Attorney General James and Acting State Police Superintendent Nigrelli Announce Sentencing of Serial Fraudster

Robert Decker Sentenced to Up to 9 Years in Prison for Defrauding Dozens
of Homeowners Out of More Than $800,000 and Stealing
Over $5,000 in CARES Act Unemployment Funds

NEW YORK – New York Attorney General Letitia James and Acting New York State Police Superintendent Steven A. Nigrelli today announced the sentencing of Robert Decker (also known as Bob Dale), 66, of Amsterdam, NY for operating a massive contractor fraud scheme. Mr. Decker cheated dozens of homeowners and businesses across upstate New York out of more than $800,000, and also stole over $5,000 in unemployment benefits under the Coronavirus Aid, Relief, and Economic Security (CARES) Act. He previously pleaded guilty before Judge Andra Ackerman in Albany County Court to two counts of Grand Larceny in the Third Degree, a class D felony, and one count of Scheme to Defraud in the First Degree, a class E felony. Mr. Decker was sentenced today to 4 1/2 to 9 years in prison and agreed to pay judgments of over $350,000, which is the remaining amount owed to the impacted homeowners.

“After investing hundreds of thousands of dollars into improving their homes and building better lives, these New Yorkers discovered they were cruelly cheated,” said Attorney General James. “Not content with defrauding New York homeowners out of their money, Robert Decker decided to double down on his crimes by stealing thousands of COVID-19 relief payments from taxpayers. I thank the New York State Police for their coordination with my office throughout this investigation. I will always stand up for New Yorkers and our taxpayers, and my office will hold anyone who cheats or steals accountable for their actions.”

“I want to thank the Attorney General’s office for their strong partnership that has led to the sentencing of Mr. Decker. Our joint investigation found this individual preyed on unsuspecting homeowners by taking hundreds of thousands of dollars for contracting that he never performed, leaving some with unlivable conditions,” said Acting Superintendent Nigrelli. “Mr. Decker also stole thousands from the CARES Act from those New Yorkers that honestly need it, all for his own selfish gain. This sentencing should serve as a reminder that those who carry out financial schemes of any kind will not be tolerated and brought to justice.”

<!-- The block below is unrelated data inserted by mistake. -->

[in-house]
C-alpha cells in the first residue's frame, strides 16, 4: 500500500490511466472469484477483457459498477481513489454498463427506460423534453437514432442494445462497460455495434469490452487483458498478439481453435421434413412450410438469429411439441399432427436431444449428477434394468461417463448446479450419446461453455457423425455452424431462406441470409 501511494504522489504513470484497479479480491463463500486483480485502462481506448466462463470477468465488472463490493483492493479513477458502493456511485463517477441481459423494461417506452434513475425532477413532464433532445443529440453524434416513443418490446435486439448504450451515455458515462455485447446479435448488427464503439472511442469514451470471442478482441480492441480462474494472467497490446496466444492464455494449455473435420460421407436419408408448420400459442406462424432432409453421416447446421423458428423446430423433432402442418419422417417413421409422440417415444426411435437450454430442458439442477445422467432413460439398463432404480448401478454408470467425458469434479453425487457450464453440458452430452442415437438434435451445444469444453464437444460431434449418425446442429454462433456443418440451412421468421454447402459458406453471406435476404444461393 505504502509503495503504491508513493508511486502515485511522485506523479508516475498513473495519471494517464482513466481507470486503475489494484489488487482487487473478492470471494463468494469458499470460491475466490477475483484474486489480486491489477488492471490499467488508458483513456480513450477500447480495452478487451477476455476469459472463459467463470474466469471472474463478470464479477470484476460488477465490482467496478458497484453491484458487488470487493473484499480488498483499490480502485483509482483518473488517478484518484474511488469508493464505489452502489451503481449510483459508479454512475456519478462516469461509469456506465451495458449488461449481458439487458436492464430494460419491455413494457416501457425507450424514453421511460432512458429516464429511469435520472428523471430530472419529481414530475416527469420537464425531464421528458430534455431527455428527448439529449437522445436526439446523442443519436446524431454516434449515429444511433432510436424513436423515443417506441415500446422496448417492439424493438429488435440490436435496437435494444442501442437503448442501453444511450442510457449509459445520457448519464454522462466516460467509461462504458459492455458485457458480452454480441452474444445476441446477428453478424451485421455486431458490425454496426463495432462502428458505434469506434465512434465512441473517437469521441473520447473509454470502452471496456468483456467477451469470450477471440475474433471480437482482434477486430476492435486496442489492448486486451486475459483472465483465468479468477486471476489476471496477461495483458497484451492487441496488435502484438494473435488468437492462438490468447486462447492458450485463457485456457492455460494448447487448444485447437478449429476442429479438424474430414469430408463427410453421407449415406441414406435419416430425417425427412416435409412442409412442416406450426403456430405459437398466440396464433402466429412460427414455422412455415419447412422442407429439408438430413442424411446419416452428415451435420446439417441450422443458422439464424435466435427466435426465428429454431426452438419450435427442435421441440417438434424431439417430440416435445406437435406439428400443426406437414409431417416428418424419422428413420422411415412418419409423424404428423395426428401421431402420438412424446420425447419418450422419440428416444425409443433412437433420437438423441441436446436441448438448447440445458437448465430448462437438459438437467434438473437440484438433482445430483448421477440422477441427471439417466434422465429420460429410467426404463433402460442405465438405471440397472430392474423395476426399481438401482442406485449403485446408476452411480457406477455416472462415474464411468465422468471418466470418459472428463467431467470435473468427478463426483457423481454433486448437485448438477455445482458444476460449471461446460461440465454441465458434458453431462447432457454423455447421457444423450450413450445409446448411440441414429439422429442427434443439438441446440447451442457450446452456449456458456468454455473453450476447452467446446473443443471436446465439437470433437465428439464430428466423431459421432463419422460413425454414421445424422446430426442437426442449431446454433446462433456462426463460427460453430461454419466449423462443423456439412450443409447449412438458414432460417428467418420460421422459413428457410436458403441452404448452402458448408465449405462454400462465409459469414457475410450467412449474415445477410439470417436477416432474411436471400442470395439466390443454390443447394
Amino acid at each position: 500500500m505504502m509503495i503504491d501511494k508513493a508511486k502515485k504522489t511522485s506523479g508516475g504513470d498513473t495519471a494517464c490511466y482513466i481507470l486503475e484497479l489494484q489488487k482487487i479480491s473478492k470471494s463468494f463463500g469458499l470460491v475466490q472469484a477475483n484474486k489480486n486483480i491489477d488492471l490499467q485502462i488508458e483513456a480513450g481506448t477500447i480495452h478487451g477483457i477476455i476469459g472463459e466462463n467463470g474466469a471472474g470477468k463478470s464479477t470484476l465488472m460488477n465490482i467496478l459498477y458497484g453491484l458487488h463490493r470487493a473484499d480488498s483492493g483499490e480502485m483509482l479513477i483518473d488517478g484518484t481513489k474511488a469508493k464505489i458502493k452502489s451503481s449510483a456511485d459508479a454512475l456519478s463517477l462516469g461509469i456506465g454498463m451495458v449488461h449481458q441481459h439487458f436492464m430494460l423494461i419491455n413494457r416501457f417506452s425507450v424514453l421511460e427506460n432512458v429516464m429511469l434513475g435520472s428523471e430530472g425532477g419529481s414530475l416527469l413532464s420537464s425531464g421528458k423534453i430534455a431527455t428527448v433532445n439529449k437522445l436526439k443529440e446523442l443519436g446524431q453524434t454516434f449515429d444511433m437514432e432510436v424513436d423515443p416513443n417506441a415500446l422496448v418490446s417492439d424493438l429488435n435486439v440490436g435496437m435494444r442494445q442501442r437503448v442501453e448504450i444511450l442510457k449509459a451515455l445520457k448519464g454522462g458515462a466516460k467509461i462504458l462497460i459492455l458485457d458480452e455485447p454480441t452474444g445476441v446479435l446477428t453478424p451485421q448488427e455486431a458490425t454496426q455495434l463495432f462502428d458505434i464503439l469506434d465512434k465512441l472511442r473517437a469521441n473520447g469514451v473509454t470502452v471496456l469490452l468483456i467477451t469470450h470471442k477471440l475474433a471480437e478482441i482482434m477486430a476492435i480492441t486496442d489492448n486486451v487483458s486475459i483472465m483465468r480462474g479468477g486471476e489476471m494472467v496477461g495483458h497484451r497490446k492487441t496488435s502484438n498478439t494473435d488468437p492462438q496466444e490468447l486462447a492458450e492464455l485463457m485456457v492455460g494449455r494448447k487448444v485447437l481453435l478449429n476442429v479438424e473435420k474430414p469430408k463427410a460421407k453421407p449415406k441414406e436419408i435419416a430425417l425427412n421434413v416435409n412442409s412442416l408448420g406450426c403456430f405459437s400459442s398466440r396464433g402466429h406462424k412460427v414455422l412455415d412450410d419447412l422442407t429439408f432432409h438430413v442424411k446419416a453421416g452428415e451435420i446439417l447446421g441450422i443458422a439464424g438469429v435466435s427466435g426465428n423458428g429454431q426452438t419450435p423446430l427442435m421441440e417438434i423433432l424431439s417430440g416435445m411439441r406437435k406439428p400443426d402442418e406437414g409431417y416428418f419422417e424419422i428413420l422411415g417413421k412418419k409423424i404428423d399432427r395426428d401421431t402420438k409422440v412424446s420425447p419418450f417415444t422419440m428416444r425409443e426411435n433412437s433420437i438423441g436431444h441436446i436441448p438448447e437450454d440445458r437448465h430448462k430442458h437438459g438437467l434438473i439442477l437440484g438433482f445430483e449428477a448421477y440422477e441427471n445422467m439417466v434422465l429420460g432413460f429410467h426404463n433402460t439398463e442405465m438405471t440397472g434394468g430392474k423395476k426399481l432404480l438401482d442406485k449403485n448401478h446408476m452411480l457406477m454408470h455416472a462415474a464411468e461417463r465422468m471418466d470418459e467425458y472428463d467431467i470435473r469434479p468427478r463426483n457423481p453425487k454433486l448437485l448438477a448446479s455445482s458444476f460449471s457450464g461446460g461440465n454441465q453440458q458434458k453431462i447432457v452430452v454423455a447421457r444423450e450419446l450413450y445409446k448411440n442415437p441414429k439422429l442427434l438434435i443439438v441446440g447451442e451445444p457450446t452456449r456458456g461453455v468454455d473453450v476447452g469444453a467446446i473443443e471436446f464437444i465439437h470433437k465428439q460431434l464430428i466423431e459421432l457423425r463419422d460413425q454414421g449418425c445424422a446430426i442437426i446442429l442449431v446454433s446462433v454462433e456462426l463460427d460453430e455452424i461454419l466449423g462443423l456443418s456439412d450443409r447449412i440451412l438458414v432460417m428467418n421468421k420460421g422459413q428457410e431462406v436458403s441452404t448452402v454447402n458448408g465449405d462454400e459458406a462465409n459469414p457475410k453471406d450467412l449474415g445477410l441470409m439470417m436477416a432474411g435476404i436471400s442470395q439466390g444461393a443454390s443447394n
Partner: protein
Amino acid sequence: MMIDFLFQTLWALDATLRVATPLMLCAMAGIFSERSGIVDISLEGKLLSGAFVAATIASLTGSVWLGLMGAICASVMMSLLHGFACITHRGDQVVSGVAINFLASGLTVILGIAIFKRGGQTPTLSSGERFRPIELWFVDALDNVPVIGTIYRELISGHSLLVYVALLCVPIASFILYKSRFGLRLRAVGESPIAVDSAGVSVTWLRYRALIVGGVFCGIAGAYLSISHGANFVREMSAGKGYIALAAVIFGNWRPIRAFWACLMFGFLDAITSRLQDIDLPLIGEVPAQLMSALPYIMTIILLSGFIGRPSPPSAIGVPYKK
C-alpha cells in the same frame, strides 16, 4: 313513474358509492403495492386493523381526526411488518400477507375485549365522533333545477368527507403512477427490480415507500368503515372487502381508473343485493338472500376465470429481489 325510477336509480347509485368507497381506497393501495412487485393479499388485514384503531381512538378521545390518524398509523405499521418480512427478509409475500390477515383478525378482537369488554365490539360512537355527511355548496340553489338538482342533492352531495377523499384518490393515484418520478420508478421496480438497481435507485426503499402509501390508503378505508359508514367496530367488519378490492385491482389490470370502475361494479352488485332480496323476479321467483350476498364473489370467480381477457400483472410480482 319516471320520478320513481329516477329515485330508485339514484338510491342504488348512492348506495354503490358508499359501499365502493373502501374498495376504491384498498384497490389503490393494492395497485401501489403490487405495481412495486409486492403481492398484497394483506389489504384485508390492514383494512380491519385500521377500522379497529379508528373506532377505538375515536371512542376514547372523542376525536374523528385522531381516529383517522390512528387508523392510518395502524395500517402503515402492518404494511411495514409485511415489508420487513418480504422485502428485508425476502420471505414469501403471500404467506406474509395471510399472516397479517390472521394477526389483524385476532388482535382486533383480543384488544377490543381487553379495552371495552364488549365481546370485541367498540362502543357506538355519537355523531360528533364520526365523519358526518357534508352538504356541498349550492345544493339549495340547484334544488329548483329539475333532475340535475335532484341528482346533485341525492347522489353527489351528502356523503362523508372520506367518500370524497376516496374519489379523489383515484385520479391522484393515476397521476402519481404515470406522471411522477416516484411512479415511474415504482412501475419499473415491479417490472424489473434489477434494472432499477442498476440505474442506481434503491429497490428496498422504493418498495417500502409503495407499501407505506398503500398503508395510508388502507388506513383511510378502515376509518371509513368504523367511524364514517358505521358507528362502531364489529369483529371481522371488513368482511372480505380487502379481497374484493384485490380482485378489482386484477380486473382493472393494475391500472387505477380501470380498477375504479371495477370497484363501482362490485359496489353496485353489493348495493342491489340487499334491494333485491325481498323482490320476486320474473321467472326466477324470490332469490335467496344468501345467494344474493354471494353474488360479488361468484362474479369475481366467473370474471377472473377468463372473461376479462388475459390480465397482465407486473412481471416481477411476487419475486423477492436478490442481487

Today’s sentencing is the result of a joint investigation by the Office of the Attorney General’s (OAG) Criminal Enforcement and Financial Crimes Bureau (CEFC) and the New York State Police’s (NYSP) Financial Crimes Unit, which began in the summer of 2019 after numerous homeowners filed complaints with OAG and NYSP. Between at least May 2018 and October 2019, Decker served as primary estimator for SJR Enterprises, LLC (SJR), an entity owned by co-defendant Scott Driscoll. Decker and Driscoll operated SJR as a home improvement contracting company, through which they fraudulently obtained hundreds of thousands of dollars from dozens of homeowners for home improvement work they never conducted or failed to properly do. They then diverted the money for personal gain — including nearly $400,000 in cash withdrawals and payments to themselves, nearly $150,000 to pay personal and business debts, and over $50,000 in retail purchases through iTunes and Amazon, and at numerous restaurants.

Several homeowners were left with houses that were uninhabitable. One victim alone paid over $25,000 to install plumbing and electricity in an Albany brownstone, but the work was never done, leaving her without plumbing, electricity, and heat over the winter of 2019. Another homeowner secured a U.S. Housing and Urban Development (HUD) 203k loan to fund $89,000 in renovations, but Decker and Driscoll fraudulently diverted nearly $25,000 of the homeowner’s loan funds for materials and spent the remainder on other expenditures. Under the 203k program, the homeowner’s lending institution required the homeowner to obtain a certified HUD consultant to carefully inspect and review the work conducted by Driscoll and Decker for quality before disbursing the loan funds to SJR. The homeowner hired Decker’s other co-defendant, Robert Langlais, as the consultant, who fraudulently signed off on roof work that had not been done, windows that were broken and improperly installed, a furnace that did not work, and over $5,000 in cleanup costs, when in fact, it was caused by the defendants’ failure to remove debris from the property. After all these “renovations,” the homeowner was left living in a house with no siding, broken window frames, and no working kitchen.